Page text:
Category Archives: Judicial ethics accepting gifts from lawyers with pending cases

Florida Twelfth Circuit Judge charged with misconduct for allegedly accepting Tampa Bay Rays tickets from firm with case pending before him

Hello and welcome to this Ethics Alert blog which will discuss the February 1, 2016 Notice of Formal Charges filed by the Florida Judicial Qualifications Commission (JQC) against Florida Twelfth Circuit Judge John Lakin for allegedly requesting and accepting Tampa Bay Rays tickets from a law firm which had a case pending before him.  The JQC charges are here: https://efactssc-public.flcourts.org/casedocuments/2016/182/2016-182_notice_77834.pdf

According to the JQC Notice of Formal Charges and charges, in June 2015, the judge was presiding over the personal injury case of Wittke v. Walmart June, wherein the plaintiff accused Walmart of negligence, which caused her to fall and injure herself.  After a trial, Walmart was found by the jury not to be liable for the plaintiff’s injuries.  The day after the verdict was rendered, the judge asked his judicial assistant to contact the law firm which defended the plaintiff to request tickets for that night’s game between the Tampa Bay Rays and the Boston Red Sox.

The judge received five tickets valued at about $100 each, and he indicated that he only used two of the tickets.  The judge was from the Boston area.  According to the JQC Notice:  “The tickets you received were excellent seats, being located seven to eight rows back, between home plate and first base”.

According to the JQC Notice, the plaintiff’s law firm filed a motion 6 days later to set aside the verdict and for a new trial.  The motion was heard on August 21, 2015; however, the judge did not rule at that time.  On August 25, 2015, the judge requested and received five more tickets to a Tampa Bay Rays game from the law firm and, on August 26, 2015, the judge issued an order setting aside the verdict and granting a new trial.  The Order stated that  “(n)o reasonable jury could have returned a verdict finding that the Defendant was not at least partially liable for the injuries sustained by the plaintiff based on the evidence presented at trial.”   The Notice further states:  “(y)our extraordinary action allowed the Plaintiff a second opportunity to seek damages from Walmart. You have acknowledged that during your tenure on the bench you have never before overturned a jury verdict.”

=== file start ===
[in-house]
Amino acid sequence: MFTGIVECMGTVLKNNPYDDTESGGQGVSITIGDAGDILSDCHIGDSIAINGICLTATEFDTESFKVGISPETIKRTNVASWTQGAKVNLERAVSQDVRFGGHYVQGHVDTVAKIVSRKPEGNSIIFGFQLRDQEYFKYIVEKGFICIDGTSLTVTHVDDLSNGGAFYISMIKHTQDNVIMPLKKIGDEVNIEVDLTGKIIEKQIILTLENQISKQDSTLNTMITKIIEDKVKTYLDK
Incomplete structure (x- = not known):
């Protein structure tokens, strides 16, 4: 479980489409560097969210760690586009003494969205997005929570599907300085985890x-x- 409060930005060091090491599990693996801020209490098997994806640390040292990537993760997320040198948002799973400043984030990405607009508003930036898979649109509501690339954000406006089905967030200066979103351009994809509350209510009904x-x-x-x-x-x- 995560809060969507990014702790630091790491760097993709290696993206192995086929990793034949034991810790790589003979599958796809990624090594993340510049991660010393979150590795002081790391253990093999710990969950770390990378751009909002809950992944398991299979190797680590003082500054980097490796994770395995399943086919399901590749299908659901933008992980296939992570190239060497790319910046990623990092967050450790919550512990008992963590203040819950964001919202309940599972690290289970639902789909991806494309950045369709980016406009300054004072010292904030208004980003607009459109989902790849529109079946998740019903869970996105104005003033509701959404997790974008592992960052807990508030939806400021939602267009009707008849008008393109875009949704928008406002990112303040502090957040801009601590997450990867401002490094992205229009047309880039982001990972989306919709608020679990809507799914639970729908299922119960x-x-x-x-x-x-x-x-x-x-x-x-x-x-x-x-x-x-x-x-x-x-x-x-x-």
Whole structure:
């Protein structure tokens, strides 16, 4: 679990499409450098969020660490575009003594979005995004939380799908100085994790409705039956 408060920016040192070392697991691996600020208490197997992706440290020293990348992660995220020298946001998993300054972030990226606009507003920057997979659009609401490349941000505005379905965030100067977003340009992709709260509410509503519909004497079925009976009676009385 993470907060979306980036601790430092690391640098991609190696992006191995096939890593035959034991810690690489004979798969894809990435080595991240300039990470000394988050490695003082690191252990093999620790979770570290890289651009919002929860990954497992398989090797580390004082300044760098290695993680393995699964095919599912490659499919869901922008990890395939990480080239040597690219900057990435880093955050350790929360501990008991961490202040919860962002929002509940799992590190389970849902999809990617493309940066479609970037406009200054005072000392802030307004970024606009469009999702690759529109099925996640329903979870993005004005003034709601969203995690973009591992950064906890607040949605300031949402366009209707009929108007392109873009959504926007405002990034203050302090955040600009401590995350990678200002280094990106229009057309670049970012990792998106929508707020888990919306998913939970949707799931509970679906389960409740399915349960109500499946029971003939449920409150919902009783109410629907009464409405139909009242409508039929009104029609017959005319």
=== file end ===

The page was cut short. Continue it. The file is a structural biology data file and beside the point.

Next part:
According to the JQC Notice, the Chief Circuit Judge for the 12th Judicial District told the judge his conduct was inappropriate and told him to report it to the JQC.  The judge then disclosed that he had received tickets from the firm both to the JQC and to Walmart attorneys; however, according to the Notice, “(y)our subsequent disclosure to the parties on October 9, 2015, stated only that, ‘I previously received Tampa Bay Rays baseball tickets from the…law firm.’  Your disclosure did not include the dates that you accepted the tickets, nor did you even explain that you had accepted the tickets while the Wittke matter was pending.”  The JQC Notice also states that the judge received baseball tickets from two other law firms which have appeared before him.

The JQC rules prohibit judges from conducting activities outside of the courtroom which cast a reasonable doubt on his or her ability to be impartial, undermine the judge’s independence, or demean the judicial office and from “accepting gifts, favors, bequests or loans from lawyers or their firms if they have come or are likely to come before the judge.”

The JQC rules provide that the judge may file an answer to the Notice and charges within 20 days. The JQC will hold hearings and make a recommendation to the Florida Supreme Court, which will issue a formal order/opinion and impose discipline if the judge is found guilty.

Bottom line: This is a somewhat extraordinary and surprising case.  Perhaps the judge was unaware of the rules prohibiting accepting gifts from lawyers, specifically when the case is pending before him; however, under the most unfavorable argument, the judge could be alleged to have accepted the gift and issued favorable ruling as a direct result of the law firm’s gift.  Both lawyers and judges must be very aware of these clear prohibitions and also that the consequences of a violation of the rules, whether intentional or unintentional, will most likely be very severe.

Be careful out there!

Disclaimer:  this e-mail is not an advertisement and does not contain any legal advice and the comments herein should not be relied upon by anyone who reads it.

Joseph A. Corsmeier, Esquire

Law Office of Joseph A. Corsmeier, P.A.

2454 McMullen Booth Road, Suite 431

Clearwater, Florida 33759

Office (727) 799-1688

Fax     (727) 799-1670

jcorsmeier@jac-law.com

www.jac-law.com

 

 

 

 

 

 

 

 

 

 

 

 

 

 

 

 

 

 

 

 

 

 

 

 

 

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